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tranny temp guage...

Discussion in 'The Garage' started by jekbrown, Apr 1, 2003.

  1. jekbrown

    jekbrown I am CK5 Premium Member GMOTM Winner Author

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    I have a relatively new 700r4 and I'd like to keep it in tip-top shape as long as possible. To that end I have installed a biiig cooler as well as an external filter (summit kit, basically a bracket and hardware that lets you use a standard oil filter in the cooler lines). I also have a deep aluminum oil pan. The only other thing I can think of to do would be to install a guage that would monitor tranny temp. I have never installed any guages before,or even bought one. I dont need the thing to be accurate to 0.1 degrees or anything, i just wanna know if they thing is gettin to hot. any recommendations on what brand of guage i should get? good/inexpensive places to buy them from? Are these things pretty simple to install? any info appreciated... in the mean time I'll keep doing searches. /forums/images/graemlins/grin.gif

    j
     
  2. Hossbaby50

    Hossbaby50 3/4 ton status

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    I am using the B&M tranny temp gauge. It is easy to install, just a little messy. Mine is mounted above my tcase shifter. It comes with the gauge, sender, instructions, fittings, and a little gauge pod. It was like $45. It works for me on my 700R4. The reason it is messy is you have to cut your tranny return line and splice in a T style compression fitting. So when you cut into the line it leaks fluid out. It was a fairly easy install and a good one for the money.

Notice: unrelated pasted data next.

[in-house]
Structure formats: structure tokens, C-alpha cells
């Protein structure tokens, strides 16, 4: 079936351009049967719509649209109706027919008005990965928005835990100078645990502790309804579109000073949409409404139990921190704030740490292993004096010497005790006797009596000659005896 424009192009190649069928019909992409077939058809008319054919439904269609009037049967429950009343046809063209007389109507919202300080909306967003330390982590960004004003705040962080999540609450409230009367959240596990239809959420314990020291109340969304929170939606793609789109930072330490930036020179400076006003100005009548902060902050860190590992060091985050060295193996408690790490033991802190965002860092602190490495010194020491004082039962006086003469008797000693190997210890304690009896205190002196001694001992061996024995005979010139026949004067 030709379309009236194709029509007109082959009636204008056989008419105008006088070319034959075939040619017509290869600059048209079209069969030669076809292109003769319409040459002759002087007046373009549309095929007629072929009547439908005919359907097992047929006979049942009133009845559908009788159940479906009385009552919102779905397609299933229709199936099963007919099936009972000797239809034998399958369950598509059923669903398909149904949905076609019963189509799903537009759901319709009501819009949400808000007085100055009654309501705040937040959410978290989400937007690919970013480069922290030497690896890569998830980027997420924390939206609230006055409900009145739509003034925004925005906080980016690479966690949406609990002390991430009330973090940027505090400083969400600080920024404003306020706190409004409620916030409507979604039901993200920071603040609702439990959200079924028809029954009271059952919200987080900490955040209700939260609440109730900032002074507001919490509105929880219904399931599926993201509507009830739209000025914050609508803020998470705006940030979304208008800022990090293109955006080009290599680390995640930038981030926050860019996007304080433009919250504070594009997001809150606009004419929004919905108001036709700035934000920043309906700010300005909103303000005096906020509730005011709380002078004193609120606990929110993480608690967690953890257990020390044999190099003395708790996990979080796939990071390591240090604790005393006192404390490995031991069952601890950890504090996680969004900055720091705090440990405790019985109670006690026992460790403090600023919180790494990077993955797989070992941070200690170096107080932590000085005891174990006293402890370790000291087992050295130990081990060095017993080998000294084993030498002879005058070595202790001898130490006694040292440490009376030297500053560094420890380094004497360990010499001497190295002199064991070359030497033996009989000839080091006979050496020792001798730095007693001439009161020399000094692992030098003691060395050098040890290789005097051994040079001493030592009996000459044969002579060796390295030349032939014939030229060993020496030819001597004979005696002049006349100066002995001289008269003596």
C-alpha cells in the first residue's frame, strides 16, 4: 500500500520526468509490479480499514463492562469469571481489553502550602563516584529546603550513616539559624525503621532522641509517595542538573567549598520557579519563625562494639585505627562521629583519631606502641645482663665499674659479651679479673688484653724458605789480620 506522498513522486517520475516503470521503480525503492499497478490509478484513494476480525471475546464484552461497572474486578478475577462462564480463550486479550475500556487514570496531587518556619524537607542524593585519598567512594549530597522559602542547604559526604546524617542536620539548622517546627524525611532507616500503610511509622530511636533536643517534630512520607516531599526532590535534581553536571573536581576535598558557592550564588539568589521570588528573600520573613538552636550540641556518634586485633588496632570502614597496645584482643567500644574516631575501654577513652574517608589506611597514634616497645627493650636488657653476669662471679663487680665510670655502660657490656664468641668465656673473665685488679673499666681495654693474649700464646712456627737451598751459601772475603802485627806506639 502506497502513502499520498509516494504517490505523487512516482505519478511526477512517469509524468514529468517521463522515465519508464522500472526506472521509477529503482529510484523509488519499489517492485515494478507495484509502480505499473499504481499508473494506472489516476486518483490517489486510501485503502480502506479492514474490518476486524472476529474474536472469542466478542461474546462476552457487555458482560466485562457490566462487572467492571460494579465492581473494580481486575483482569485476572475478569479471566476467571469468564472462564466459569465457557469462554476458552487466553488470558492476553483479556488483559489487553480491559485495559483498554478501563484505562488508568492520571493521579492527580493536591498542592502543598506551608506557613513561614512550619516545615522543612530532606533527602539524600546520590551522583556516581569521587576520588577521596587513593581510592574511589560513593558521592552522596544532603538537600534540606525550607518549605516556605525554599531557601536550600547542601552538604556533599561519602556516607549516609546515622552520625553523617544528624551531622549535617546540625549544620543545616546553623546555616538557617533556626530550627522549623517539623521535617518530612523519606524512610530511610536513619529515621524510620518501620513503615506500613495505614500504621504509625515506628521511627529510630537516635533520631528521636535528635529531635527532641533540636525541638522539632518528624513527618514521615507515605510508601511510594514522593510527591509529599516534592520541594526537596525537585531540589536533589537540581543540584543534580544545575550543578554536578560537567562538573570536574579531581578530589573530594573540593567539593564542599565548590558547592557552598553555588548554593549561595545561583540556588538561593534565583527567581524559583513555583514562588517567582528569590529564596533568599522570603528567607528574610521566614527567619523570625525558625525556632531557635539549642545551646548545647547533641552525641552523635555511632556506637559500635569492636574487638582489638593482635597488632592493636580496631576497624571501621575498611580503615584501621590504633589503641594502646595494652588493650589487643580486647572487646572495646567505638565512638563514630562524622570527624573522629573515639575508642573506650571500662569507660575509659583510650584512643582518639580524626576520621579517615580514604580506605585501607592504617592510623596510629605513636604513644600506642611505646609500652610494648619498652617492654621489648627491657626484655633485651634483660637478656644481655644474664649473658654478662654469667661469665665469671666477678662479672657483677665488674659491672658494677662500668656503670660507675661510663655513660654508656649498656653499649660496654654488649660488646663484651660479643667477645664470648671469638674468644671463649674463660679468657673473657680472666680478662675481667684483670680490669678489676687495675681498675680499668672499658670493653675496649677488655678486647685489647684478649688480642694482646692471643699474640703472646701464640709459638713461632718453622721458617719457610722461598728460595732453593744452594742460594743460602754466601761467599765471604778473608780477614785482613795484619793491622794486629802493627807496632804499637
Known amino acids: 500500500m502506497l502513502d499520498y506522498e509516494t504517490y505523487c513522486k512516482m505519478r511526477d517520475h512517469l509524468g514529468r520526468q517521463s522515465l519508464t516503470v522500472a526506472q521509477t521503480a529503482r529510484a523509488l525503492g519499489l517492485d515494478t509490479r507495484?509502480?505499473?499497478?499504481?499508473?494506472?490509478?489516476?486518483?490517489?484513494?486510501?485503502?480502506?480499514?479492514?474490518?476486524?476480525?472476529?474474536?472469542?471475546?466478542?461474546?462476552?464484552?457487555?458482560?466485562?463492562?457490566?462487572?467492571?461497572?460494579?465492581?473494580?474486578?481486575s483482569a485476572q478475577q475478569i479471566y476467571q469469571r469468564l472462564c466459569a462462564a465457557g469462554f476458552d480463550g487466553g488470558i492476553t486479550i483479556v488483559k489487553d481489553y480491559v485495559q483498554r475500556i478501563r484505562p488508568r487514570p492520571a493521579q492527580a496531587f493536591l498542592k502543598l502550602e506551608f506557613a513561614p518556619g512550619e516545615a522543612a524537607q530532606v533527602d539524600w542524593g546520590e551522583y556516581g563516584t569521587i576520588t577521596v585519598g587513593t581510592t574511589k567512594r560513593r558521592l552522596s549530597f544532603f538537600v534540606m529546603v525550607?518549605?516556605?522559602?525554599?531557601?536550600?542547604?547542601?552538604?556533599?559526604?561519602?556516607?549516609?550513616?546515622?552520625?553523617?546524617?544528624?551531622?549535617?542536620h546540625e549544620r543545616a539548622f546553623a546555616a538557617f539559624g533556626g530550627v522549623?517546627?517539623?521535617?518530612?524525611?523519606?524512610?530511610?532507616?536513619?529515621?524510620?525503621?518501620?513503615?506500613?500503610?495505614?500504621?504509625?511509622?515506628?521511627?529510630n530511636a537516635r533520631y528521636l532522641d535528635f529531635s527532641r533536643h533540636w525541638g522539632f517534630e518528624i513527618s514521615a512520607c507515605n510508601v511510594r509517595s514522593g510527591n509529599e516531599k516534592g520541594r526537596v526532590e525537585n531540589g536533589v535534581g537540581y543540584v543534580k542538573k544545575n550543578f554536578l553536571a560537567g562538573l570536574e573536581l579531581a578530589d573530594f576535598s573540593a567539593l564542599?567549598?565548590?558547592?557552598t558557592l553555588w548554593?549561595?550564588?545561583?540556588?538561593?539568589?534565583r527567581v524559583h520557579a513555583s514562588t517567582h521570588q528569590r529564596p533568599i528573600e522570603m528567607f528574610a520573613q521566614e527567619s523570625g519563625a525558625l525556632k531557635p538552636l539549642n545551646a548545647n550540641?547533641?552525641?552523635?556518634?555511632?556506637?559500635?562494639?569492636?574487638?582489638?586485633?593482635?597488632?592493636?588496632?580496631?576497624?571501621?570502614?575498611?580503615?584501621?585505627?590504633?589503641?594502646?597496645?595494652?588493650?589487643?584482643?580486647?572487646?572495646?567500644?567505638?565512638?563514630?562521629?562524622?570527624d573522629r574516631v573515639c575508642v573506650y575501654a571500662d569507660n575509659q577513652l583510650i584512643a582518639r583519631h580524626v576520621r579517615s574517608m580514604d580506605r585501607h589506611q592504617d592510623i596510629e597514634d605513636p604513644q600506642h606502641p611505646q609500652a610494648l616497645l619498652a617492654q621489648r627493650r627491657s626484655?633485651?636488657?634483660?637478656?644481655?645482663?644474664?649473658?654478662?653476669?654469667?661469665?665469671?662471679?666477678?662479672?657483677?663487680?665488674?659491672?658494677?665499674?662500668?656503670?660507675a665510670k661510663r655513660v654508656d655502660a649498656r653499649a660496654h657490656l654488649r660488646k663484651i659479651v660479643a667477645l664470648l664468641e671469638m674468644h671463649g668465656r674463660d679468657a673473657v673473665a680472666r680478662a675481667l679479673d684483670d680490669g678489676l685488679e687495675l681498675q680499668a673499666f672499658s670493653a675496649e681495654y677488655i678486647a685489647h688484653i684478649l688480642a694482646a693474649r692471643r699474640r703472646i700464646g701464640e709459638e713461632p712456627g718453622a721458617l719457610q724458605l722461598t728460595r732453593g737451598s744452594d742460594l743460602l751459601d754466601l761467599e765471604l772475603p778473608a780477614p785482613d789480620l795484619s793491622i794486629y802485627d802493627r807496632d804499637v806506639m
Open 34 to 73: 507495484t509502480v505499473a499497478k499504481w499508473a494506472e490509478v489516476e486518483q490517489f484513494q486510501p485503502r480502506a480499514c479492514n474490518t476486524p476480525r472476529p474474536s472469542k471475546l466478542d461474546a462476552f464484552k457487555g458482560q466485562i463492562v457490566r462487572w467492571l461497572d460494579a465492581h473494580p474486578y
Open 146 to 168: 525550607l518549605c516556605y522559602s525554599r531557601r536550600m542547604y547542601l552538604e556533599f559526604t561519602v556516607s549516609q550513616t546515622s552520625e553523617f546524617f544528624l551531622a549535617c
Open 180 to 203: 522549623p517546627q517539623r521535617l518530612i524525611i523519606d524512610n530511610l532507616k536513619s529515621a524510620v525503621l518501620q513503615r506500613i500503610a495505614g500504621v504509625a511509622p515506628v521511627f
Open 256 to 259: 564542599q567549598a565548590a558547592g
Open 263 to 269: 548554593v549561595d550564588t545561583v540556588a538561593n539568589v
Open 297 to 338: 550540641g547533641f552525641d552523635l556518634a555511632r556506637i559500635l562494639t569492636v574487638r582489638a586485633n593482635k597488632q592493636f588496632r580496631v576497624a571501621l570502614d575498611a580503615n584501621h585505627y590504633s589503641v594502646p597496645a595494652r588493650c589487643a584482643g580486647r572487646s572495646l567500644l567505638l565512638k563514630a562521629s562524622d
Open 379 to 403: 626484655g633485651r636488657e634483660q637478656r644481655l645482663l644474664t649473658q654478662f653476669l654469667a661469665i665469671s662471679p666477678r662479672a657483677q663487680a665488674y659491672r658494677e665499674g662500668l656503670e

3. bobsurf

    bobsurf 1/2 ton status

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    I've done a ton of searching recently (although I've got a TH350) for the same type of info, and it turns out there's a lot of it out there.

    For the 700r4, a lot of people have used the existing hole right above where the shifter linkage connects to the tranny. At the same time, you'll see a lot of differing opinions as to whether or not that's a good place to mount it. Some people like it in the cooler return line, some people like it in the pan. Just depends on what you decide. Where ever you end up putting it, you'll figure out the regular operating temp, and simply watch for changes.